Very small orange fungi. Photo by Eduardo Libby

Macro and Close Up? Give me my micro four thirds camera please!

When doing macro and close-up photography convenience is number one… well, a good subject is number one actually and quality is a given, but you get my drift…

Any digital camera and smartphone of the last few years can give you quality results… much better than anything from 10 years ago. What matters are other aspects of the image making equipment.

Orchid flower at Else Kientzler Botanical Garden in Costa Rica. Photo by Eduardo Libby
My first visit to a botanical garden with a micro 4/3 camera was a liberating experience. Panasonic GX85 with Olympus 12-40 f/2.8 Pro, 1/200 s, f/4 ISO 200

The closer you get the more difficult it is keeping all the important parts of your subject in focus because depth of field decreases with magnification. Here is that smaller sensors have an advantage: You don’t need higher magnifications I order to fill the frame.

Occasionally you want the opposite though: minimum depth of field to achieve subject isolation from the background but this is more important for larger subjects such as groups of flowers or portraits. Once you start dealing with individual flowers, insects, or details on the millimeter scale… you start needing more depth of field.

Photo of Euphorbia cotinifolia leaves by Eduardo Libby
With larger subjects a longer focal length and wide aperture are necessary to isolate the subject. Euphorbia cotinifolia. Olympus EM1 Mark II with Olympus 40-150 mm f/2.8 Pro, 1/250 s f/2.8 ISO 640

Smartphones are great for flower-sized subjects but not all of them allow you to fill the frame with smaller things. Some of the classic 2/3 inch compacts are much better here but they are a nearly extinct breed and many models only allowed for macro focusing at their wide-angle settings.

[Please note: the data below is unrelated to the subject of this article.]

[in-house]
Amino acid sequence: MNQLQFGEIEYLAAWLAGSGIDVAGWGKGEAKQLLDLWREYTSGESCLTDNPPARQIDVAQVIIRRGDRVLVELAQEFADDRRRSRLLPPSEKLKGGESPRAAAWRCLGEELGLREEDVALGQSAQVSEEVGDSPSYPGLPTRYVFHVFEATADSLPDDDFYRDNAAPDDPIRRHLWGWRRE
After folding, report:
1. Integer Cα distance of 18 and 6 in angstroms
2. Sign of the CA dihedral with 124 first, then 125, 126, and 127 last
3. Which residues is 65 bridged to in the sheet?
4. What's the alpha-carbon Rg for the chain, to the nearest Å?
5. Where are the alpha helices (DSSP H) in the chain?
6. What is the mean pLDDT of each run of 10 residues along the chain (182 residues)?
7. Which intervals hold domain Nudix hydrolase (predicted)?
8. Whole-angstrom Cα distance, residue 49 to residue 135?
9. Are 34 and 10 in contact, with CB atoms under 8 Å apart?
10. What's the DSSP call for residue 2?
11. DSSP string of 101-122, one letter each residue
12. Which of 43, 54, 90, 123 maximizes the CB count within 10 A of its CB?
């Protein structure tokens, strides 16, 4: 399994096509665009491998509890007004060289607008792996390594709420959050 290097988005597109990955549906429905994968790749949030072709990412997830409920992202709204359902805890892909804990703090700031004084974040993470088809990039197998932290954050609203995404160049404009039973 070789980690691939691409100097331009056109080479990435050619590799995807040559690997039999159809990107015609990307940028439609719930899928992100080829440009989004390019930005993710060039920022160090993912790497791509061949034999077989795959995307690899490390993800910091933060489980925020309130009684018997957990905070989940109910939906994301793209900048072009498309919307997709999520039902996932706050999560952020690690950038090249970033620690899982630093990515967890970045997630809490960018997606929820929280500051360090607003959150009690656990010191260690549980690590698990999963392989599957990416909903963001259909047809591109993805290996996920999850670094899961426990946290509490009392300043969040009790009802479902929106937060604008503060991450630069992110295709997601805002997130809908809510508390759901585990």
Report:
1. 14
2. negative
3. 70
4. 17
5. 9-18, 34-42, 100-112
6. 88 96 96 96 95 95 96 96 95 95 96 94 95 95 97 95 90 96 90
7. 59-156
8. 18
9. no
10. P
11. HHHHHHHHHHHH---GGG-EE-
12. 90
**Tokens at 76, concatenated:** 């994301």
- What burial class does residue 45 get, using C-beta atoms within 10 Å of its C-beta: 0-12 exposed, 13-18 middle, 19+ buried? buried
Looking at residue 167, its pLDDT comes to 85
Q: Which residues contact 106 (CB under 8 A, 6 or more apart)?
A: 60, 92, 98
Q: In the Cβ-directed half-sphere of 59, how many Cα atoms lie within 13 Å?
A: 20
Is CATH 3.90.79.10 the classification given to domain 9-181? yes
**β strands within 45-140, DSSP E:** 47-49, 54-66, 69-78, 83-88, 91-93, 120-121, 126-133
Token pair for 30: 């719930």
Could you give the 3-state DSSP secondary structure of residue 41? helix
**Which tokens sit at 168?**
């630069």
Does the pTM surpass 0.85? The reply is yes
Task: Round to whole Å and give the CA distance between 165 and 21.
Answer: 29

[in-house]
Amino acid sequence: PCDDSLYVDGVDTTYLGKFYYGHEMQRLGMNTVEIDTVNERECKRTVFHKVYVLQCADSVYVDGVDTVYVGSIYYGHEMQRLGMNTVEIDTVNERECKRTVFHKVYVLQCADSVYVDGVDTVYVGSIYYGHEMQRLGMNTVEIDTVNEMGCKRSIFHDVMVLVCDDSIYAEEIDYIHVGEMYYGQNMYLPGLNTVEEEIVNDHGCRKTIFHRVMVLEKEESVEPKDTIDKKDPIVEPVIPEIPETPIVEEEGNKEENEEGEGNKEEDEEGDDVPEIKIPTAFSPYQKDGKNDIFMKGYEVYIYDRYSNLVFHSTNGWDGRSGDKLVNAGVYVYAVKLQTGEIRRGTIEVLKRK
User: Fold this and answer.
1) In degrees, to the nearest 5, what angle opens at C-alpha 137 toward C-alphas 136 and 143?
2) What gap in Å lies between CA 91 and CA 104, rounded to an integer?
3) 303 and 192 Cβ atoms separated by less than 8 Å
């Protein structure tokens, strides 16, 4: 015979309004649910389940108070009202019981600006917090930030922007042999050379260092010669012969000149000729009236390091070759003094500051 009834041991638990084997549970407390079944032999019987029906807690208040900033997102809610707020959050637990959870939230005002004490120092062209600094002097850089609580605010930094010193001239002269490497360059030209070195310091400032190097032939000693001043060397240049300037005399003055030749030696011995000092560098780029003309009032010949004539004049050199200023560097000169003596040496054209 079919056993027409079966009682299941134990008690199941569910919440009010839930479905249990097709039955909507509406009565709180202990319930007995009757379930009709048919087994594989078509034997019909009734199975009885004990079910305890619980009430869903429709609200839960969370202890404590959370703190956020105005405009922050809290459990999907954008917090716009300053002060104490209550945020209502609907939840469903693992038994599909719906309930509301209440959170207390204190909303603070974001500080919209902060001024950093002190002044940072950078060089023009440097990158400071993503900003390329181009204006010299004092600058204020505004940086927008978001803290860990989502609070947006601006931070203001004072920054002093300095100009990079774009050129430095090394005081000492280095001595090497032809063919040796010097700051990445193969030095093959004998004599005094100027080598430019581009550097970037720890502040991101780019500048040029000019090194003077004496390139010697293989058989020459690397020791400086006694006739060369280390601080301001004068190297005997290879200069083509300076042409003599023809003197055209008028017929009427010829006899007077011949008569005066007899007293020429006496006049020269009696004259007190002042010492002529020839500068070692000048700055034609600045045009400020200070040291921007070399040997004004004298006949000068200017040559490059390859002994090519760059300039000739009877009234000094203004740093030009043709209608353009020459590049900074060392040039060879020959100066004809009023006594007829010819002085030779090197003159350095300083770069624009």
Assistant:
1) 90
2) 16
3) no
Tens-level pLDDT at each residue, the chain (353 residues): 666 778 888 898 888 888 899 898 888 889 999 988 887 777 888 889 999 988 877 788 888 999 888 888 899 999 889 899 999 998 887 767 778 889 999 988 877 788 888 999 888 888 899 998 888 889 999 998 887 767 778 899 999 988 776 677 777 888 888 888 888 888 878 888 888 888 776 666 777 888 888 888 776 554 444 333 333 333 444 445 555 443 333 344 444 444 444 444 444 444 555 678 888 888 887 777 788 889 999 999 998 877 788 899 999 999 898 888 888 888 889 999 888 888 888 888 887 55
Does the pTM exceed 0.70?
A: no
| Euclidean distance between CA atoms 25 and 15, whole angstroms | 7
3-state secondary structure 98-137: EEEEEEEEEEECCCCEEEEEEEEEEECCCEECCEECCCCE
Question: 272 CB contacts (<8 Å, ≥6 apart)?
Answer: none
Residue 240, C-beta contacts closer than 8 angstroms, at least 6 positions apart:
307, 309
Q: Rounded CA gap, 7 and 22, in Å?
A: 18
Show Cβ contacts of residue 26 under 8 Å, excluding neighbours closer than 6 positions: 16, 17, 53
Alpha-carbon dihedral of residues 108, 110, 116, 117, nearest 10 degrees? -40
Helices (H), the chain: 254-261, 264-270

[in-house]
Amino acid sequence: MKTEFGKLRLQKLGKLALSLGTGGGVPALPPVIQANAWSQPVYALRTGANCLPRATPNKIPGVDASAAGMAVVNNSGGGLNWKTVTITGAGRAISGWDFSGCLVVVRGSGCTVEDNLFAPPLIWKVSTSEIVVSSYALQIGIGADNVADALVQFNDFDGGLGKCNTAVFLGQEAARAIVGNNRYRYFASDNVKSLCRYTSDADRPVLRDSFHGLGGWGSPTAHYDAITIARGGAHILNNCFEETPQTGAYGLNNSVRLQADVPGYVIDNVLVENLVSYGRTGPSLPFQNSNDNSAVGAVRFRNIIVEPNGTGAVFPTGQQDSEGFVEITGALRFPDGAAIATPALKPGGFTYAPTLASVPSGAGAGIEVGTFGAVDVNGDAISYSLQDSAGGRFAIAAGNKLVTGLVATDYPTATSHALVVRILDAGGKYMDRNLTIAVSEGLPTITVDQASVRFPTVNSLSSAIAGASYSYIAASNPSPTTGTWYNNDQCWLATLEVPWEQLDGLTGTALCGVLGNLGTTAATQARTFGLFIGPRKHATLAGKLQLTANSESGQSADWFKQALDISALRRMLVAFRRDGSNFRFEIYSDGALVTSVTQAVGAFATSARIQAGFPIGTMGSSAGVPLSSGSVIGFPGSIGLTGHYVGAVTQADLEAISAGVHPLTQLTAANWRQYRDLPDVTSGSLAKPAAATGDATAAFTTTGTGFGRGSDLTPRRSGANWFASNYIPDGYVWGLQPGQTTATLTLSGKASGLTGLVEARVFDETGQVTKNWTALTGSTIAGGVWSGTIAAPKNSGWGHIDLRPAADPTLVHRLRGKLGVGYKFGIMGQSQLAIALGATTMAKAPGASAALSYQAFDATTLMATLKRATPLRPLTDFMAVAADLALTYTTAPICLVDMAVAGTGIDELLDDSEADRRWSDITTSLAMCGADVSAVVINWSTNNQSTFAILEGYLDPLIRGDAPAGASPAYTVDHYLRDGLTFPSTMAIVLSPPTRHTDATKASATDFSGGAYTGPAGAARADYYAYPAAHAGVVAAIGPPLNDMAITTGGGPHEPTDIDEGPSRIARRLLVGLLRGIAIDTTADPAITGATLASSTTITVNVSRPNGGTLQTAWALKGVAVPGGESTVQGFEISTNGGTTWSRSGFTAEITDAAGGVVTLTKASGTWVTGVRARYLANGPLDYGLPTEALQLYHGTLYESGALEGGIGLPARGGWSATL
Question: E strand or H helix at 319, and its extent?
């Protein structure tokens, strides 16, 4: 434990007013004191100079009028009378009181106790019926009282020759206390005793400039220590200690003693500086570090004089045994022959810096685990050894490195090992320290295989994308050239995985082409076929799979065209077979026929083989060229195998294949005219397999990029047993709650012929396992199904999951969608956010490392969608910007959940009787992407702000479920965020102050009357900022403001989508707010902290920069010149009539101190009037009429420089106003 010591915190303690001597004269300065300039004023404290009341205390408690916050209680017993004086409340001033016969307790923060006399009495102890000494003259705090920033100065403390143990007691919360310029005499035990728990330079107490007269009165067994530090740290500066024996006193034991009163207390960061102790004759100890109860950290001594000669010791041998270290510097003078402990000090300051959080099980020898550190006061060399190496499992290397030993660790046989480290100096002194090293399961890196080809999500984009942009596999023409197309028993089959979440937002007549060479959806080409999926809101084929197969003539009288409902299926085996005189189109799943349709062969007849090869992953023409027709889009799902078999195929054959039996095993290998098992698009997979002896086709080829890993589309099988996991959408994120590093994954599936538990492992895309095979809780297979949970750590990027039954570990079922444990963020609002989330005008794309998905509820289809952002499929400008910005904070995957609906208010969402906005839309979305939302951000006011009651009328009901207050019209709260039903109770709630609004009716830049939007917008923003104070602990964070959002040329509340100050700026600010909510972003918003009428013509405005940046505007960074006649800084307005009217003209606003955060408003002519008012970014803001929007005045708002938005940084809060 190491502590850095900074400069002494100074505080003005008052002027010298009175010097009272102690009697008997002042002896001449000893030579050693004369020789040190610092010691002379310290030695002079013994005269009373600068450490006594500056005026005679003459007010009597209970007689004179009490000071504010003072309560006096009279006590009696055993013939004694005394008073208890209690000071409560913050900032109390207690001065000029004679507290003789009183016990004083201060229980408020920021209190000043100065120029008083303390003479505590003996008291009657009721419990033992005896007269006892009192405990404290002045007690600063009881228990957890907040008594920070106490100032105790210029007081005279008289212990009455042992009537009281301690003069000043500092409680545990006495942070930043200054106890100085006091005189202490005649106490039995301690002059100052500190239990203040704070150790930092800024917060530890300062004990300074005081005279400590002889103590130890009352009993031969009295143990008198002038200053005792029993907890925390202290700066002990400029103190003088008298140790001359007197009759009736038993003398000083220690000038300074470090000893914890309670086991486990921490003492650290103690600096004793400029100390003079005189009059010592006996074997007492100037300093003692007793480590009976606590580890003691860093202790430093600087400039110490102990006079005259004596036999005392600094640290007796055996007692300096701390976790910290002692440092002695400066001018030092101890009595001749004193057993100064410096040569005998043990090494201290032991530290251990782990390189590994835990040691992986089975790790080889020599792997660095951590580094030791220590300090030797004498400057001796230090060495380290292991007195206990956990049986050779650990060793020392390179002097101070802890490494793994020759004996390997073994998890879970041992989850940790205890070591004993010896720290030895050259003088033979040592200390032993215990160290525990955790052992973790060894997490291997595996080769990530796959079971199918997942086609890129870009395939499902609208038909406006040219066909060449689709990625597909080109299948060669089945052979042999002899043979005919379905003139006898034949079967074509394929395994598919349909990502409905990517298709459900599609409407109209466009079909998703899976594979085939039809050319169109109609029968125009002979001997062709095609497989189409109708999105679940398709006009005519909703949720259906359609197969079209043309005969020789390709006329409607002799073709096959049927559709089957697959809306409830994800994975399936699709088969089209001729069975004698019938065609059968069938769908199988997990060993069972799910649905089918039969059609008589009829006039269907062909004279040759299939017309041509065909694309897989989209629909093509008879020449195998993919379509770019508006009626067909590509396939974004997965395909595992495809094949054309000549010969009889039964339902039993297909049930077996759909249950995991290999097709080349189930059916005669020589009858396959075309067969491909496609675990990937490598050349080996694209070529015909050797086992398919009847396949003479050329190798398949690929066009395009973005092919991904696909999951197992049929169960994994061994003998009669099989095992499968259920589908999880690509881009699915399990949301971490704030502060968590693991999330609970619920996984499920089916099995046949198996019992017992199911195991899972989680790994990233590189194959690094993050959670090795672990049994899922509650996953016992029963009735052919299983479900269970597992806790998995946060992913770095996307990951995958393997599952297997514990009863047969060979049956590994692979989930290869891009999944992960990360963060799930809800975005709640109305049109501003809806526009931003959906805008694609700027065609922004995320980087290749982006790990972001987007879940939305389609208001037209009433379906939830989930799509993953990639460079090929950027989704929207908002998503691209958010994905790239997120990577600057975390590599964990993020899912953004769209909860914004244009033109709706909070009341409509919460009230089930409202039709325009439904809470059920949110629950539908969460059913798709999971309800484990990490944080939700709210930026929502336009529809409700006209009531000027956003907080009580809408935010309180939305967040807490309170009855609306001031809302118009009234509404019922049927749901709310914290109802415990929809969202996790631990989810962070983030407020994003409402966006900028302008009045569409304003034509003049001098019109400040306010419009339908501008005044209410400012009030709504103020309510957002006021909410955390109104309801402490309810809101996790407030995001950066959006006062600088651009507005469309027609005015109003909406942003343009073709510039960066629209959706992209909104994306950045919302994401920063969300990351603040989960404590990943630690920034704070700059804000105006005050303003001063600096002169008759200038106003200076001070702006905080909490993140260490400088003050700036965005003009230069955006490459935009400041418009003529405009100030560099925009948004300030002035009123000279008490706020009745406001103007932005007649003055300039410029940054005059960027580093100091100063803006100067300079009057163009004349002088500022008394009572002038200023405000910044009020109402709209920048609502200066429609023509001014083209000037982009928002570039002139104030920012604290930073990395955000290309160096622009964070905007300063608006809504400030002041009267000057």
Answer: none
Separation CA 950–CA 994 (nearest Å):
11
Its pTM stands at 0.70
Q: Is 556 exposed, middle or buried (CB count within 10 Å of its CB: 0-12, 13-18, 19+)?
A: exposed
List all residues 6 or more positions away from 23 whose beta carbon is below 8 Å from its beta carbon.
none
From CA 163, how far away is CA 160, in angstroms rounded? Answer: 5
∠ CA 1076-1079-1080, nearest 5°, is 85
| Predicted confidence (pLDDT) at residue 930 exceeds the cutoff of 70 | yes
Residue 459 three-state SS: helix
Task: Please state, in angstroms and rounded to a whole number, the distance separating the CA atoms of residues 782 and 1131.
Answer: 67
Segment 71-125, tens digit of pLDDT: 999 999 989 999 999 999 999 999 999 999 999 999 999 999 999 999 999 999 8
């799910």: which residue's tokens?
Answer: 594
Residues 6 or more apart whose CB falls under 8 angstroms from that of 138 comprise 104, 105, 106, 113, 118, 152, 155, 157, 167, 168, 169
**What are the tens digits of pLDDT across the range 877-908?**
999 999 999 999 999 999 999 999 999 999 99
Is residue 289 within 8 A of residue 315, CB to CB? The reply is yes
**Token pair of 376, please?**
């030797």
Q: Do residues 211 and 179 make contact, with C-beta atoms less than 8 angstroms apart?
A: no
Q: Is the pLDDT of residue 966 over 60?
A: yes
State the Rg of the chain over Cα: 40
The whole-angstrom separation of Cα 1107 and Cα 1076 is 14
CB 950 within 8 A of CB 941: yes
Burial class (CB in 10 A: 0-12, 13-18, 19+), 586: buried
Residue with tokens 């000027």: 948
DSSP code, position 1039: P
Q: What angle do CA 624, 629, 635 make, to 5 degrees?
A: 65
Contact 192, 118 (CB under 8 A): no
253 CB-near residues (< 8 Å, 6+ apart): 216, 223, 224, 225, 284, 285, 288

These days, 1-inch, but especially micro four thirds sensor cameras are probably the sweet spot for photographing anything smaller than a flower. The Olympus and Panasonic micro 4/3 Cameras have a lens selection range second to none, extension rings, close-up diopters and macro flash systems that can tackle any macro and close-up shooting situation with ease… and need far less magnification to fill the frame. In addition, being mirrorless cameras the viewfinder image is always bright and allows for enlarged viewing critical focusing.

Older Hydrangeas. Photo by Eduardo Libby
Hydrangeas: they age gracefully. From my Instagram feed. iPhone 8 at its own will. I wanted to keep the flowers on the background a little soft so I got really close to the ones on the foreground.

So, with all the hype and marketing surrounding full-frame (which I also own and sometimes prefer for landscape images) I find myself grabbing my small and light Olympus camera every time when I want to get real close… Have you tried to handhold at arm’s length a heavy dSLR with a 100 mm macro lens and maybe a flash on your knees while trying to get the right angle for a flower or a bug within the branches of a bush?

This is what I mean when I say convenience is number one.

What do you think?

Very small orange fungi. Photo by Eduardo Libby
These tiny fungi are only 1 mm tall! Focus stacking in camera. Olympus EM1 Mark II with Olympus 60 mm Macro, 1/13 s f/4 ISO 400

2 thoughts on “Macro and Close Up? Give me my micro four thirds camera please!”

  1. Interesting post. I only own two small cameras, both point-and-shoot. My fairly old Olympus was given to me as a gift by my daughters 7 years ago, and I’m sure it wasn’t expensive. My newer Nikon was moderately expensive (to me, at least) for a point-and-shoot, so naturally you’d think it would take better photos on all settings, right? Not so. I find the old, cheaper Olympus does much, much better on the macro setting than the more expensive, and newer, Nikon. In fact, I find the Nikon takes close-up flower photos better if I just leave it on the automatic setting instead of switching over to macro.

    Liked by 1 person

    1. A friend of mine enjoys doing macro with his point-and-shoot and he would agree with you about the need to experiment with the camera’s settings. He misses his ancient Nikon Coolpix P950 which did much better macro than more recent models!

      Liked by 1 person

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